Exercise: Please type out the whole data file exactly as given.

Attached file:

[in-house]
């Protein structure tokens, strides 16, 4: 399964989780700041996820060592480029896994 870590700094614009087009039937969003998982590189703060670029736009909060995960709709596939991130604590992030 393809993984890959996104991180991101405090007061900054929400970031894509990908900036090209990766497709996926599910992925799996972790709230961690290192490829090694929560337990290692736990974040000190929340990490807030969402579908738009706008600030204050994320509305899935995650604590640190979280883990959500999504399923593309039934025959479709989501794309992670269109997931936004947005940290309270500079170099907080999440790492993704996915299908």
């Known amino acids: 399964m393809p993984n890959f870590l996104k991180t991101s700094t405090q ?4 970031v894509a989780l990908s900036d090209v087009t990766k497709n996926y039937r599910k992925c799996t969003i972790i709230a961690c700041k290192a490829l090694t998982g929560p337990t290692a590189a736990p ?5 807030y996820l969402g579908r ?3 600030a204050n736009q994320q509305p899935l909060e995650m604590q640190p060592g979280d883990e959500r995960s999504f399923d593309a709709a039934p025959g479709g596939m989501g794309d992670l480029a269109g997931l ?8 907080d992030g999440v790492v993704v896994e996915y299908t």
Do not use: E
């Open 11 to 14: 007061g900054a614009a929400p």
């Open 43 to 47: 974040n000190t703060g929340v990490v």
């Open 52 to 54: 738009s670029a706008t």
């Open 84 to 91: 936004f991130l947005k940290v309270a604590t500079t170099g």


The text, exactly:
[in-house]
């Protein structure tokens, strides 16, 4: 399964989780700041996820060592480029896994 870590700094614009087009039937969003998982590189703060670029736009909060995960709709596939991130604590992030 393809993984890959996104991180991101405090007061900054929400970031894509990908900036090209990766497709996926599910992925799996972790709230961690290192490829090694929560337990290692736990974040000190929340990490807030969402579908738009706008600030204050994320509305899935995650604590640190979280883990959500999504399923593309039934025959479709989501794309992670269109997931936004947005940290309270500079170099907080999440790492993704996915299908």
């Known amino acids: 399964m393809p993984n890959f870590l996104k991180t991101s700094t405090q ?4 970031v894509a989780l990908s900036d090209v087009t990766k497709n996926y039937r599910k992925c799996t969003i972790i709230a961690c700041k290192a490829l090694t998982g929560p337990t290692a590189a736990p ?5 807030y996820l969402g579908r ?3 600030a204050n736009q994320q509305p899935l909060e995650m604590q640190p060592g979280d883990e959500r995960s999504f399923d593309a709709a039934p025959g479709g596939m989501g794309d992670l480029a269109g997931l ?8 907080d992030g999440v790492v993704v896994e996915y299908t």
Do not use: E
């Open 11 to 14: 007061g900054a614009a929400p």
């Open 43 to 47: 974040n000190t703060g929340v990490v």
């Open 52 to 54: 738009s670029a706008t």
């Open 84 to 91: 936004f991130l947005k940290v309270a604590t500079t170099g």